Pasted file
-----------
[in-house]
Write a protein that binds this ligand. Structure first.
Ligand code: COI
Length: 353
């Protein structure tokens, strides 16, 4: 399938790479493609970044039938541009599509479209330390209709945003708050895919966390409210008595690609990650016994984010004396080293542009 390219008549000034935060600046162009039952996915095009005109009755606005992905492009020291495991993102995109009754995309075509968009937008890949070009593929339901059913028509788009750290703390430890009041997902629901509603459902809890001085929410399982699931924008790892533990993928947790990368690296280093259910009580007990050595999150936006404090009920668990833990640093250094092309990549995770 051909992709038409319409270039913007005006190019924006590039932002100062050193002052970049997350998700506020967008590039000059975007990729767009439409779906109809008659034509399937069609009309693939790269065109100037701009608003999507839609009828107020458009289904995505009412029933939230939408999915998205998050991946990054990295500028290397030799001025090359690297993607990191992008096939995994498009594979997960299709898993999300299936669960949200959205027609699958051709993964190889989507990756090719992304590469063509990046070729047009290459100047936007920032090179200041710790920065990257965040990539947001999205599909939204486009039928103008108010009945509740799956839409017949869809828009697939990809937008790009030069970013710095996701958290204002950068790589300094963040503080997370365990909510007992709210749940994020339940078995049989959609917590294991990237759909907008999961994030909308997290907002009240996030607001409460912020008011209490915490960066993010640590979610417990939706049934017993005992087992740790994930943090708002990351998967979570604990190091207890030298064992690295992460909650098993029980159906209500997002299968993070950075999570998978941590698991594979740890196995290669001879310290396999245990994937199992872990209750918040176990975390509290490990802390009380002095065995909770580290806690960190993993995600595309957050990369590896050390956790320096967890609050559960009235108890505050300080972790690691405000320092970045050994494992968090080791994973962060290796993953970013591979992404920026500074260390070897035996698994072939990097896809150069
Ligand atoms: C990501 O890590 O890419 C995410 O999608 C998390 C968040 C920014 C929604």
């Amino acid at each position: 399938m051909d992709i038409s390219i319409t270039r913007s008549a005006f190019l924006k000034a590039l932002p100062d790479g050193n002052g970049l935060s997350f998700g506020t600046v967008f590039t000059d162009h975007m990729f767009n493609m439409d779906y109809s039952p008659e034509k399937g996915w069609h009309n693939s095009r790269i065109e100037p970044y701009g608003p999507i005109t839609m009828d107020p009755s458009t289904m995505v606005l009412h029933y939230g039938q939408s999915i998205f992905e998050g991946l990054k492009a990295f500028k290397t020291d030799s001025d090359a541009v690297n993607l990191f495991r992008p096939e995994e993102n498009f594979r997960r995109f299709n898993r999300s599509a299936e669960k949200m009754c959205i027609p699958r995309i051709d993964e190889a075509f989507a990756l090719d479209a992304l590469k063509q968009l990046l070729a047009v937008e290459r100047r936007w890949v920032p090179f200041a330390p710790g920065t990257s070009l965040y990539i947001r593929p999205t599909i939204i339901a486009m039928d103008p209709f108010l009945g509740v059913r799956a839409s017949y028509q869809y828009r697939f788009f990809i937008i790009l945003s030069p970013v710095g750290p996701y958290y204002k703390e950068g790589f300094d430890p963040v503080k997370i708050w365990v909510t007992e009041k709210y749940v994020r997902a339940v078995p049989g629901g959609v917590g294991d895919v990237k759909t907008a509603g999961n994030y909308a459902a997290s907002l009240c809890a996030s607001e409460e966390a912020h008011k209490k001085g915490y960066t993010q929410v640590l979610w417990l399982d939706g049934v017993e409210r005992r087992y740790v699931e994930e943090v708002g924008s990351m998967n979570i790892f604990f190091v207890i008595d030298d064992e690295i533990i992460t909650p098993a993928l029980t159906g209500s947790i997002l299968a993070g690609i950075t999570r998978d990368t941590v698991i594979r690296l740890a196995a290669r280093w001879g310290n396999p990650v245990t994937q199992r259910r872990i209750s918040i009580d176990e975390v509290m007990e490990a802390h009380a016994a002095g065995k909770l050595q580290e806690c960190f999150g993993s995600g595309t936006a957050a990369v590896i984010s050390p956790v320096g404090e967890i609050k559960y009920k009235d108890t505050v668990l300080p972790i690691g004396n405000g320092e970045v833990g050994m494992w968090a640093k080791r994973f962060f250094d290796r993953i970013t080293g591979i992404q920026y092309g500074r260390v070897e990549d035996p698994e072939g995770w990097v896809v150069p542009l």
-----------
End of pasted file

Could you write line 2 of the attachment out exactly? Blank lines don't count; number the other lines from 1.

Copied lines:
Write a protein that binds this ligand. Structure first.